Madras Bashai (Tamil: மெட்ராஸ் பாஷை, lit.'Madras Language') is a pidgin language or a dialect of Tamil language influenced by Indian English, Telugu, Malayalam, Burmese and Hindustani spoken in the city of Chennai (previously known as Madras) in the Indian state of Tamil Nadu; it is not mutually intelligible with any of those except for Tamil, to a certain extent.

Madras Bashai evolved largely during the past three centuries. It grew in parallel with the growth of cosmopolitan Madras. After Madras Bashai became somewhat common in Madras, it became a source of satire for early Tamil films from the 1950s, in the form of puns and double entendres. Subsequent generations in Chennai identified with it and absorbed English constructs into the dialect, making it what it is today.

Evolution

Madras Bashai evolved largely during the past three centuries. With its emergence as an important city in the British Empire when they recovered it from the French and as the capital of Madras Presidency, the contact with western world increased and a number of English words crept into the vocabulary. Many of these words were introduced by educated, middle-class Tamil migrants to the city who borrowed freely from English for their daily usage.[1] Due to the presence of a considerable population of Telugu, Hindi–Urdu and many other language-speakers, especially, the Gujaratis, Marwaris and some Muslim communities, some Hindustani and Telugu words, too, became a part of Madras Bashai. At the turn of the 20th century, though preferences have since shifted in favor of the Central and Madurai Tamil dialects, the English words introduced during the early 20th century have been retained.[1]

Madras Bashai is generally considered a dialect of the working class like the Cockney dialect of English. Lyrics of gaana songs make heavy use of Madras Bashai.

Vocabulary

A few words unique to Madras Bashai are given below; an Internet project, urban Tamil, has set out to collect urban Tamil vocabulary.[2]

Madras bashai Standard Tamil Meaning
Appuṟam (அப்புறம்) piṟagŭ (பிறகு) Afterwards[3]
Annāṇḍa (அந்நாண்ட) aṅgē (அங்கே) There
Gānḍŭ (காண்டு) kobam (கோபம்) Anger
Gettu (கேத்து) anavam (ஆணவம்) Swagger
Galatta (கலாட்டா) kalavaram (கலவரம்) Commotion
Merasal (மெர்சல்) accham (அச்சம்), bhayam (பயம்) Fear
Mokka (மொக்கை/மொக்க) nanṟāga Illai (நன்றாக இல்லை) Lousy
Dabāikiṟadŭ (டபாய்க்கிறது) ēmāṟṟugiṟadŭ (ஏமாற்றுகிறது) To fool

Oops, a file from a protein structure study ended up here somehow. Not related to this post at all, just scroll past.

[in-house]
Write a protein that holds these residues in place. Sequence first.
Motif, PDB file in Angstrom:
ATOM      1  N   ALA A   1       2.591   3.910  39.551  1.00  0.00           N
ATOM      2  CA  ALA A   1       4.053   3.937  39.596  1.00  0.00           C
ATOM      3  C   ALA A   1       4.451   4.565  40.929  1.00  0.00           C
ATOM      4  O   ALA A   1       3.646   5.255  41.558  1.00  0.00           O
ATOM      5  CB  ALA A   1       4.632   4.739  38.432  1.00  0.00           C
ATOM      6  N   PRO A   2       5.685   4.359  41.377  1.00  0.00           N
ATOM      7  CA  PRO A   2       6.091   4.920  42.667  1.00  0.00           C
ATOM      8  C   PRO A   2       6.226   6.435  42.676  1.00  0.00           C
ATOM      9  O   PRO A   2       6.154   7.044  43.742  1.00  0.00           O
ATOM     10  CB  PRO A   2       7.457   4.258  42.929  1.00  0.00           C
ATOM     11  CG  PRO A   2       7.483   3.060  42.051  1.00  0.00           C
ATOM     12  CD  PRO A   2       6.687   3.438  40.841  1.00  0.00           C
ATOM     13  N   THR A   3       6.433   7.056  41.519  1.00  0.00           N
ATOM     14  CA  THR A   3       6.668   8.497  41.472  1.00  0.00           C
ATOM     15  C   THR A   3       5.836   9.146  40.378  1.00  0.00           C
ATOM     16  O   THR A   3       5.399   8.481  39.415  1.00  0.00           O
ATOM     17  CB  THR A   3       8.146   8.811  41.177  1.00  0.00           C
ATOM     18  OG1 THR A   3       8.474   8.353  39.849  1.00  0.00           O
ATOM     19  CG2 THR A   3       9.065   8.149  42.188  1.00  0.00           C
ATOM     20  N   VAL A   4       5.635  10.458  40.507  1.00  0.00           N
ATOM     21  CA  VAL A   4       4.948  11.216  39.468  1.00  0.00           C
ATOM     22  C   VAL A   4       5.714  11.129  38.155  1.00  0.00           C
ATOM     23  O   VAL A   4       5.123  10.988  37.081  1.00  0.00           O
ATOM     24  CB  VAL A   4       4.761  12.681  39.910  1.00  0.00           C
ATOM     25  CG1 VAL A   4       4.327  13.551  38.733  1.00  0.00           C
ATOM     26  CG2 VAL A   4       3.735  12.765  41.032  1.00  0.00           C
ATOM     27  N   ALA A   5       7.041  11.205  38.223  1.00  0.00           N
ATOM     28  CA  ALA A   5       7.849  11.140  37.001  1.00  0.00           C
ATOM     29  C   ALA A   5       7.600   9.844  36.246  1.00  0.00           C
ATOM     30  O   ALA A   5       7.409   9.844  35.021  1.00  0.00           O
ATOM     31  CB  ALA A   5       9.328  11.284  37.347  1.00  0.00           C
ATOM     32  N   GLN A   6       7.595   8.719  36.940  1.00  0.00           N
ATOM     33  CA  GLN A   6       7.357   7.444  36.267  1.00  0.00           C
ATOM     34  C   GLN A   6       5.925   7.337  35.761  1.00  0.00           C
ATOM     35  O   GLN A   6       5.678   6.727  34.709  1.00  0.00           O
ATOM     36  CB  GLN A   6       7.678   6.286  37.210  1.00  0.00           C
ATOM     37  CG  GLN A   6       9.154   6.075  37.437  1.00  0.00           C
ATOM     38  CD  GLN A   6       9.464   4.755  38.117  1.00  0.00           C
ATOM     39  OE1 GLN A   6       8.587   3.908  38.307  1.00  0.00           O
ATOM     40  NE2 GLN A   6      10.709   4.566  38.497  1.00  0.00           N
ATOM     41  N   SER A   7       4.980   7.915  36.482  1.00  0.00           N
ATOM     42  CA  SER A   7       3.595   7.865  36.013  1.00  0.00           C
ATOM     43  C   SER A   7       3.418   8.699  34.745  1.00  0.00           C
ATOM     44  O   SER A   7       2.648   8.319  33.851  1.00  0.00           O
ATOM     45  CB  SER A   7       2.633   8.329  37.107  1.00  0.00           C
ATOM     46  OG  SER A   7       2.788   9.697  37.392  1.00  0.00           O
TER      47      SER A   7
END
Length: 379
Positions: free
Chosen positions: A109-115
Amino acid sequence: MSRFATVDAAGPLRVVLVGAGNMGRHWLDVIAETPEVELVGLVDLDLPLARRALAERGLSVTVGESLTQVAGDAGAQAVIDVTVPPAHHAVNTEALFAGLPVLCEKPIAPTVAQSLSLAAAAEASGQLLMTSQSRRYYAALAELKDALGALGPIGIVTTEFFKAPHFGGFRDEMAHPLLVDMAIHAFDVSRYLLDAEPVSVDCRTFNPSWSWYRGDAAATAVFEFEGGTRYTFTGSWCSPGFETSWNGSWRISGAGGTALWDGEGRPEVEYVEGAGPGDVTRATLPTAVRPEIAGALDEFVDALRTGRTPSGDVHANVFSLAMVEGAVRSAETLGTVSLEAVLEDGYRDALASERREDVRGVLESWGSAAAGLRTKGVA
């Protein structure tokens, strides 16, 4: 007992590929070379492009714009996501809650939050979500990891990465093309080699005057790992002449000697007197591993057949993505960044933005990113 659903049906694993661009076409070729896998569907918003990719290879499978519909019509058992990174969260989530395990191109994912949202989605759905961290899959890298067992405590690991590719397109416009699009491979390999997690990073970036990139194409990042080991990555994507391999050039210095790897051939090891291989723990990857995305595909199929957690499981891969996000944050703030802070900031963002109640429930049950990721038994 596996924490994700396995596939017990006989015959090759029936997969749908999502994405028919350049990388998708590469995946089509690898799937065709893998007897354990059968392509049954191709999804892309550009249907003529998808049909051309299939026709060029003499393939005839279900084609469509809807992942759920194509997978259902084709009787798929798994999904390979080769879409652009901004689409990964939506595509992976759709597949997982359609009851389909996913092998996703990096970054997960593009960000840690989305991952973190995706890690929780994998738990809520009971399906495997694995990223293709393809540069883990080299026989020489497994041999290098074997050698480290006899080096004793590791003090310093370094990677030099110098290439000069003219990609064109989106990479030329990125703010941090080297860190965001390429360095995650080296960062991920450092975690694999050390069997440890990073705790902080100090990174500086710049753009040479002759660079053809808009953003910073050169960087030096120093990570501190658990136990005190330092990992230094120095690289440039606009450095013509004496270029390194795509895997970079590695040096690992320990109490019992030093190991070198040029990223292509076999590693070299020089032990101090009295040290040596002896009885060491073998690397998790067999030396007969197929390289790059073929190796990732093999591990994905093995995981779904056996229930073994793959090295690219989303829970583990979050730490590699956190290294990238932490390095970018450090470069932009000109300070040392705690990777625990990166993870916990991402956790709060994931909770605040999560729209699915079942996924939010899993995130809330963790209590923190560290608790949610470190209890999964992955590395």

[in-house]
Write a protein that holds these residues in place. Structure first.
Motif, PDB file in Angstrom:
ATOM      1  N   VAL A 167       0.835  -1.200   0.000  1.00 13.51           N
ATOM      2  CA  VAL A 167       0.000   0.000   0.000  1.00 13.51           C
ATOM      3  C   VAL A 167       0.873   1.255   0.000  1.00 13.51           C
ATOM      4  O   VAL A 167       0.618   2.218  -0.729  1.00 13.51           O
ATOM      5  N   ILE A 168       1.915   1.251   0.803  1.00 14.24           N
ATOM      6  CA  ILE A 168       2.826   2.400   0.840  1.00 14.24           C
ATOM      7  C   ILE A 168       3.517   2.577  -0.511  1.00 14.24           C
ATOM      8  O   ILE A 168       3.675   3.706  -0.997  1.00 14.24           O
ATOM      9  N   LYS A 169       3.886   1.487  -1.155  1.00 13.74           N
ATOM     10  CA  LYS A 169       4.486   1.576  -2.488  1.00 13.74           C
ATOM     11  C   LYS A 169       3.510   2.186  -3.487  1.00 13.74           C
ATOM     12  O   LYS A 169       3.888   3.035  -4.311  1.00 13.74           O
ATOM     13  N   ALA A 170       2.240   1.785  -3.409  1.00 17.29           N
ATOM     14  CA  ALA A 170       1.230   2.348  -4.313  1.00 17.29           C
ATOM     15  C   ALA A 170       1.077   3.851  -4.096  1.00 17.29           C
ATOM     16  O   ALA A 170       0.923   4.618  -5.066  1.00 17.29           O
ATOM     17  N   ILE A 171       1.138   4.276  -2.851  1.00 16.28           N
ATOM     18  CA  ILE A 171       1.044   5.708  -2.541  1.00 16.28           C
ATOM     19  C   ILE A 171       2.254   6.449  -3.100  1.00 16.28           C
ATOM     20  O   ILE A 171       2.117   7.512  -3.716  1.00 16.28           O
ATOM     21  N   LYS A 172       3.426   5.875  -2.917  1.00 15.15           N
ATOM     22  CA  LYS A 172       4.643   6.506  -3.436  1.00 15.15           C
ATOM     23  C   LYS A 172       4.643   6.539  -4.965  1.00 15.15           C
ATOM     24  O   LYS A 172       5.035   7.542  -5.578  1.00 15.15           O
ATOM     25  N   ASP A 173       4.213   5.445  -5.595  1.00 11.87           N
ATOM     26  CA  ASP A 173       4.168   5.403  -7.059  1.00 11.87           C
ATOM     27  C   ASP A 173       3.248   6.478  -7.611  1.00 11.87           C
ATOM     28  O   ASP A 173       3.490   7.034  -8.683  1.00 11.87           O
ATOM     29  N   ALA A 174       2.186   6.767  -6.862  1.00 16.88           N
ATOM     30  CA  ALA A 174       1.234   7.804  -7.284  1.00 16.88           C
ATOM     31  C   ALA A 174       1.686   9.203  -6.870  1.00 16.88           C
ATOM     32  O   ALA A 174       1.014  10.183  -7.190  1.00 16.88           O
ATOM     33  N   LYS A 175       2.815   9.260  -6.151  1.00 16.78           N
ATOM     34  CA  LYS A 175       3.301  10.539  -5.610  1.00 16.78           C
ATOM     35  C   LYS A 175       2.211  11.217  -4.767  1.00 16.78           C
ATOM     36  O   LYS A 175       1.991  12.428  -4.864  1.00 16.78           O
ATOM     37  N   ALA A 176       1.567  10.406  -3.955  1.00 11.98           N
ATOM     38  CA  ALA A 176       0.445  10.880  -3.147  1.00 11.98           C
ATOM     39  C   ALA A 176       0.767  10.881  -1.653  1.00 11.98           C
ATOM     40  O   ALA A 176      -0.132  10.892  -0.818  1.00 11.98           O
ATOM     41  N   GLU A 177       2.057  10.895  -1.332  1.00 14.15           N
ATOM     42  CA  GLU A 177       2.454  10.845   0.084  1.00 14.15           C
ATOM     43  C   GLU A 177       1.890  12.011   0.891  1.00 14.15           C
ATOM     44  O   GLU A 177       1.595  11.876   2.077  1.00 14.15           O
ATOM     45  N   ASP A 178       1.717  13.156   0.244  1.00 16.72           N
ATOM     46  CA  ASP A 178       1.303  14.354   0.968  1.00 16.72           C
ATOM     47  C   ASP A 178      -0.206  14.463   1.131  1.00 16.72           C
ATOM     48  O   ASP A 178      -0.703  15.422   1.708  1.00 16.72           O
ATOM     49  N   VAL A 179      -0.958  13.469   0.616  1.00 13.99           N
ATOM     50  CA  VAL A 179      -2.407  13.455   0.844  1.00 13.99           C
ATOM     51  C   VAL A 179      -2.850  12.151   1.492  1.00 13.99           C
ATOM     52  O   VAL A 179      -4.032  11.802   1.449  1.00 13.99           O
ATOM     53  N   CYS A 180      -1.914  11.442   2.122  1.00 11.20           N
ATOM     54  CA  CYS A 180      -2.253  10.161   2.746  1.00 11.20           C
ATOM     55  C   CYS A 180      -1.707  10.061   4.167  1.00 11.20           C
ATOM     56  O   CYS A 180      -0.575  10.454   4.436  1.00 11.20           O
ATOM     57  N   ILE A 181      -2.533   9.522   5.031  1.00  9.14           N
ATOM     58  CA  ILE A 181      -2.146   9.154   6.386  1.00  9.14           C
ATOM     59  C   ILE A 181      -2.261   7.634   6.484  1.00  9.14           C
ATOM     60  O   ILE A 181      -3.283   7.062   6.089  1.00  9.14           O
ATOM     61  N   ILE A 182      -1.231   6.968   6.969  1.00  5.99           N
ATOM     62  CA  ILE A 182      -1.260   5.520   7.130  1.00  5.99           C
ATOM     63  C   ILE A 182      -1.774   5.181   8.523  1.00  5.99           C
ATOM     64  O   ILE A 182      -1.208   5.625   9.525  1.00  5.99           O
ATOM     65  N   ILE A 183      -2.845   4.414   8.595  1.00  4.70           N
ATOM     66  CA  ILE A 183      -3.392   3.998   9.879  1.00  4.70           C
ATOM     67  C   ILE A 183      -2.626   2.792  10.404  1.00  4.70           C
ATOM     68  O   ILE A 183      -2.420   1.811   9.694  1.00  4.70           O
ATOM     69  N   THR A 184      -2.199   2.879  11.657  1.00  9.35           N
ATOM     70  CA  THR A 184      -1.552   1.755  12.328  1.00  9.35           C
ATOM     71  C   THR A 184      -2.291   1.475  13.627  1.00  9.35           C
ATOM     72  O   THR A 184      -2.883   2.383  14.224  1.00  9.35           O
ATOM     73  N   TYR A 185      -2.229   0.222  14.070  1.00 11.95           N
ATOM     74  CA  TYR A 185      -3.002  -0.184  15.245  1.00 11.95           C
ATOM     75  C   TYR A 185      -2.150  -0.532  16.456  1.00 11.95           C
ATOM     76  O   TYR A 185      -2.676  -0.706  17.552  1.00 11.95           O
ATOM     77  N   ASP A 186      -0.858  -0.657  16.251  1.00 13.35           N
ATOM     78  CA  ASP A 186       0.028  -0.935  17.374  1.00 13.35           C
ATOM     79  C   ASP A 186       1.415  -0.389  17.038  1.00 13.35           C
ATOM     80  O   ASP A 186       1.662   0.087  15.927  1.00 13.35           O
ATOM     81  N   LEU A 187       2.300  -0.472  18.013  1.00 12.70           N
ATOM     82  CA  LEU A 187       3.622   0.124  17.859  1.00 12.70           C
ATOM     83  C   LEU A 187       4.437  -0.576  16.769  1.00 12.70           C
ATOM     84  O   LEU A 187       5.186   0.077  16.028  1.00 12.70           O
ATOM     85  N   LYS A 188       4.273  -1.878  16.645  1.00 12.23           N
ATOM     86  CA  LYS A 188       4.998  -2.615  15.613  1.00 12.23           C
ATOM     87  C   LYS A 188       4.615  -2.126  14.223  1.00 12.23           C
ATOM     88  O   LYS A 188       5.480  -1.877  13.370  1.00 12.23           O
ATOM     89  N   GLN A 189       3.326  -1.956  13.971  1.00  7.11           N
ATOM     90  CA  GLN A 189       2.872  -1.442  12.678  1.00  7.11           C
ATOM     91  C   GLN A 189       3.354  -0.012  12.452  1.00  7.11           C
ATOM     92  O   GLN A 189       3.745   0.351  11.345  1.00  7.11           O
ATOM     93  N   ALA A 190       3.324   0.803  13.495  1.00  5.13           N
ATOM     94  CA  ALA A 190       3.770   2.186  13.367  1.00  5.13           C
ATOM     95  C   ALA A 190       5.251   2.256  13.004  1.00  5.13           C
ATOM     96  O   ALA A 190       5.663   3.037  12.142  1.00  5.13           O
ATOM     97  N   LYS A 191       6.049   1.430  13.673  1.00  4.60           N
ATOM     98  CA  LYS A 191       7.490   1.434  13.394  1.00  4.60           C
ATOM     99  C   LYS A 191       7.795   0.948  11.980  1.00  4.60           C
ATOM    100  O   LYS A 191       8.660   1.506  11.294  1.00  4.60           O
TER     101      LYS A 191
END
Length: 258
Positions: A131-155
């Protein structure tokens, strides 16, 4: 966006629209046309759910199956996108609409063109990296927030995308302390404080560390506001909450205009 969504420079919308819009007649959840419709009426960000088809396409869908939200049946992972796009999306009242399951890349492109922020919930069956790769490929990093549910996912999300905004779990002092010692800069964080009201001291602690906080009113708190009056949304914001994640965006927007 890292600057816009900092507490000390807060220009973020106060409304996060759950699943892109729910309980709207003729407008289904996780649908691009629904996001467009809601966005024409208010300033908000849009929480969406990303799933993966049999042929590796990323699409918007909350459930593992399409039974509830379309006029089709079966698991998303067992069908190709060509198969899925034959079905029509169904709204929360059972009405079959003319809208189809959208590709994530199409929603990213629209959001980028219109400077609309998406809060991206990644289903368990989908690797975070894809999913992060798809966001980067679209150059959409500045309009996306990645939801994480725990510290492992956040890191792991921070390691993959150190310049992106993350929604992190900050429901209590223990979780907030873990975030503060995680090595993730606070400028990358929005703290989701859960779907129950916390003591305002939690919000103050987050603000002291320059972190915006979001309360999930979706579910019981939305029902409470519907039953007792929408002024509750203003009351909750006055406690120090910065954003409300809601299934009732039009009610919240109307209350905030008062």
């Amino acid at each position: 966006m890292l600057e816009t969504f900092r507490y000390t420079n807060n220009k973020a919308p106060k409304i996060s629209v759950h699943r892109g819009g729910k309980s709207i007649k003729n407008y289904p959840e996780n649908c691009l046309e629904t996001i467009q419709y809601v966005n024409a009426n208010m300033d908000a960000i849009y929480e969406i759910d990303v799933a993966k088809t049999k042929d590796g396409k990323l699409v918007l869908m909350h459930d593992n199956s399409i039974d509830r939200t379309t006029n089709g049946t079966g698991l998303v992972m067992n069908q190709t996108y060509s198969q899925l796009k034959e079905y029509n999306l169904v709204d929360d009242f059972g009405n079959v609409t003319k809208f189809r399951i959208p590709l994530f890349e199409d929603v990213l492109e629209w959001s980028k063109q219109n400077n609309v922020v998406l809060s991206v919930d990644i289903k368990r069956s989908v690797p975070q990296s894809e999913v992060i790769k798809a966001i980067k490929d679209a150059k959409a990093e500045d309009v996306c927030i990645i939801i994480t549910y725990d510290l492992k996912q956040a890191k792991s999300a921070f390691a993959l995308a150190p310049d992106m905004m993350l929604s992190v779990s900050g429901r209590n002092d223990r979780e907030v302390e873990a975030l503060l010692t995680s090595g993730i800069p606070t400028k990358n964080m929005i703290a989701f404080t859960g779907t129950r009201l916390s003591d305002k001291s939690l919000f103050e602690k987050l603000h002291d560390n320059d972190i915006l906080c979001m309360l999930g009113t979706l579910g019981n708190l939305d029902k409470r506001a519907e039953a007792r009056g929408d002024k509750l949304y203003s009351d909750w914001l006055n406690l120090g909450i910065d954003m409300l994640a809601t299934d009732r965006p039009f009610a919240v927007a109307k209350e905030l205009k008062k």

Kalāikiṟadŭ (கலாய்க்கிறது) kiṇḍal ceivadŭ (கிண்டல் செய்வது) To tease
Gujjāllŭ (குஜ்ஜால்லு) magiḻchi (மகிழ்ச்சி), santhosham (சந்தோஷம்) Happiness
Nikkarŭ (நிக்கரு) kāl caṭṭai (கால் சட்டை) Knickers
Semma (செம) arpudam (அற்புதம்) Richness; colloquially, superb
Sokkā irukīdŭ (ஸோக்கா இருகீது ) nanṟāga irukkiṟadŭ (நன்றாக இருக்கிறது) Looking sharp
Words borrowed from other languages
Madras bashai Meaning Source
Dubākkūr (டுபாக்கூர்) Fraudster From the English word dubash which, itself, is a derivative of the Hindusthani word "Do bhasha", usually, used to refer to interpreters and middlemen who worked for the British East India Company. As in the early 19th century, dubashes such as Avadhanum Paupiah were notorious for their corrupt practices, the term "dubash" gradually got to mean "fraud"[4]
Nainā (நைனா) Father From the Telugu word Nāyanāh[3]
Apīṭṭŭ (அபீட்டு) To stop From the English word, "abate"
Aṭṭŭ (அட்டு) Worst From the Burmese term အတု meaning 'worst'
Bēmānī (பேமானி) Swearword; meaning shameless Derived from the Urdu word bē imān meaning "a dishonest person"
Gabbŭ (கப்பு) Stink Derived from colloquial Telugu Gobbu
Gammŭ (கம்மு) Silent Derived from colloquial Telugu gommuni
Biscōttŭ (பிஸ்கோத்து) Sub-standard Derived from the English word "biscuit"
Kuntŭ (குந்து) Sit down Derived from ancient Tamil
Dabbŭ (டப்பு) Money Derived from Telugu[3]
Duddŭ (துட்டு) Money Derived from Kannada
Galījŭ (கலீஜு) Yucky Derived from the Urdu word "Galeez", meaning dirty
Kasmālam (கஸ்மாலம்) Dirty Derived from the Sanskrit word "Kasmalam", meaning dirty, discardable
Bējārŭ (பேஜாறு) Problem Derived from Urdu, meaning displeased
Maja (மஜா) Excitement or fun Derived from the Urdu word "Maza" meaning "enthusiasm"
O.C. (ஓ.ஸி) Free-of-cost From English. During the East India Company rule, letters posted on behalf of the East India Company did not bear postage stamps, but had the words 'On Company's Service' or 'OC' written on them. The word "O. C." gradually got to mean something which was offered free-of-cost[3][5]

In film

Madras Bashai is used in many Tamil movies after the 1950s. Actors such, Manorama, J. P. Chandrababu, Loose Mohan, Thengai Srinivasan, Janagaraj, Cho Ramaswamy, Rajinikanth, Kamal Haasan, Vijay Sethupathi, Dhanush, Suriya, Santhanam, Vikram, Attakathi Dinesh, Vijay and Ajith Kumar are well known for using it. Representative films are Maharasan, Michael Madana Kama Rajan, Thirumalai, Vasool Raja MBBS, Attahasam, Pammal K. Sambandam, Chennai 600028, Siva Manasula Sakthi, Theeradha Vilaiyattu Pillai, Saguni, Attakathi, Theeya Velai Seiyyanum Kumaru, Idharkuthane Aasaipattai Balakumara, Ai, Madras, Kasethan Kadavulada, Anegan, Vedalam, Maari, Maari 2, Aaru, Sketch, Vada Chennai and Bigil.[6]

See also

Notes

  1. ^ a b Vijayakrishnan, K. G. (1995). "Compound Typology in Tamil". Theoretical perspectives on word order in South Asian languages. Centre for Study of Language. pp. 263–264. ISBN 9781881526490.
  2. ^ Developers, Open Tamil. "Open Tamil Web- Indic Language Computing Platform". www.urbantamil.com. Retrieved 8 June 2018.
  3. ^ a b c d Pillai, M. Shanmugham. Tamil Dialectology. pp. 34–36.
  4. ^ Guy, Randor (15 June 2003). "Inspiration from Madras". The Hindu. Archived from the original on 16 November 2003.
  5. ^ "Footprints of the Company". The Hindu. 28 August 2005. Archived from the original on 7 December 2005.
  6. ^ "Language Found in Transition". The New Indian Express. Retrieved 8 June 2018.